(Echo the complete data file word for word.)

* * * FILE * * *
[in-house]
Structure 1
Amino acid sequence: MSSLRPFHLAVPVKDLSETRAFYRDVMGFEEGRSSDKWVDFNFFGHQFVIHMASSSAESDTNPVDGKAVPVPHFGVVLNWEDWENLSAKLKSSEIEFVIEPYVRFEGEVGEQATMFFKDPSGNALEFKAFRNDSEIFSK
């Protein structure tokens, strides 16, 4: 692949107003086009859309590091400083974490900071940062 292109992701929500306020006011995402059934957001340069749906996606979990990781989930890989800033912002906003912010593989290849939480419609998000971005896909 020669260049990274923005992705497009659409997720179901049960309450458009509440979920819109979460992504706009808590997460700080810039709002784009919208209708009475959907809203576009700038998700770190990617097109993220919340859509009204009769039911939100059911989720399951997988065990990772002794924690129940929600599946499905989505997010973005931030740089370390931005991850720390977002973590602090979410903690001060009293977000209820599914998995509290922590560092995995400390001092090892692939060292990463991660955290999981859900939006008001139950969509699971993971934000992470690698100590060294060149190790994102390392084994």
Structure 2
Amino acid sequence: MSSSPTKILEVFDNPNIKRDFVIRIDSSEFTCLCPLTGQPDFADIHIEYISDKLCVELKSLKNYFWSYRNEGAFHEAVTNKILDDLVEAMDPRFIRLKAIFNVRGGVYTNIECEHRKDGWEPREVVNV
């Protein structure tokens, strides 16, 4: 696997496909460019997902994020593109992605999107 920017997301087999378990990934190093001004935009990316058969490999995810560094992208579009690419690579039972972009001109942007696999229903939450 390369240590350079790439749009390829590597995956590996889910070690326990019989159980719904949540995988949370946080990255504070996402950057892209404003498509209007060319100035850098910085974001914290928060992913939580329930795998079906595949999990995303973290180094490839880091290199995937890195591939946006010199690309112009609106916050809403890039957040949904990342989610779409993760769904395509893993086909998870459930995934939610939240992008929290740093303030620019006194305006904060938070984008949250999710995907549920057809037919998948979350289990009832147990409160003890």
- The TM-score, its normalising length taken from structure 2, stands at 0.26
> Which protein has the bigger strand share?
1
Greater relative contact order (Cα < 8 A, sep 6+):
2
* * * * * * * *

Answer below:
[in-house]
Structure 1
Amino acid sequence: MSSLRPFHLAVPVKDLSETRAFYRDVMGFEEGRSSDKWVDFNFFGHQFVIHMASSSAESDTNPVDGKAVPVPHFGVVLNWEDWENLSAKLKSSEIEFVIEPYVRFEGEVGEQATMFFKDPSGNALEFKAFRNDSEIFSK
């Protein structure tokens, strides 16, 4: 692949107003086009859309590091400083974490900071940062 292109992701929500306020006011995402059934957001340069749906996606979990990781989930890989800033912002906003912010593989290849939480419609998000971005896909 020669260049990274923005992705497009659409997720179901049960309450458009509440979920819109979460992504706009808590997460700080810039709002784009919208209708009475959907809203576009700038998700770190990617097109993220919340859509009204009769039911939100059911989720399951997988065990990772002794924690129940929600599946499905989505997010973005931030740089370390931005991850720390977002973590602090979410903690001060009293977000209820599914998995509290922590560092995995400390001092090892692939060292990463991660955290999981859900939006008001139950969509699971993971934000992470690698100590060294060149190790994102390392084994």
Structure 2
Amino acid sequence: MSSSPTKILEVFDNPNIKRDFVIRIDSSEFTCLCPLTGQPDFADIHIEYISDKLCVELKSLKNYFWSYRNEGAFHEAVTNKILDDLVEAMDPRFIRLKAIFNVRGGVYTNIECEHRKDGWEPREVVNV
């Protein structure tokens, strides 16, 4: 696997496909460019997902994020593109992605999107 920017997301087999378990990934190093001004935009990316058969490999995810560094992208579009690419690579039972972009001109942007696999229903939450 390369240590350079790439749009390829590597995956590996889910070690326990019989159980719904949540995988949370946080990255504070996402950057892209404003498509209007060319100035850098910085974001914290928060992913939580329930795998079906595949999990995303973290180094490839880091290199995937890195591939946006010199690309112009609106916050809403890039957040949904990342989610779409993760769904395509893993086909998870459930995934939610939240992008929290740093303030620019006194305006904060938070984008949250999710995907549920057809037919998948979350289990009832147990409160003890």
- The TM-score, its normalising length taken from structure 2, stands at 0.26
> Which protein has the bigger strand share?
1
Greater relative contact order (Cα < 8 A, sep 6+):
2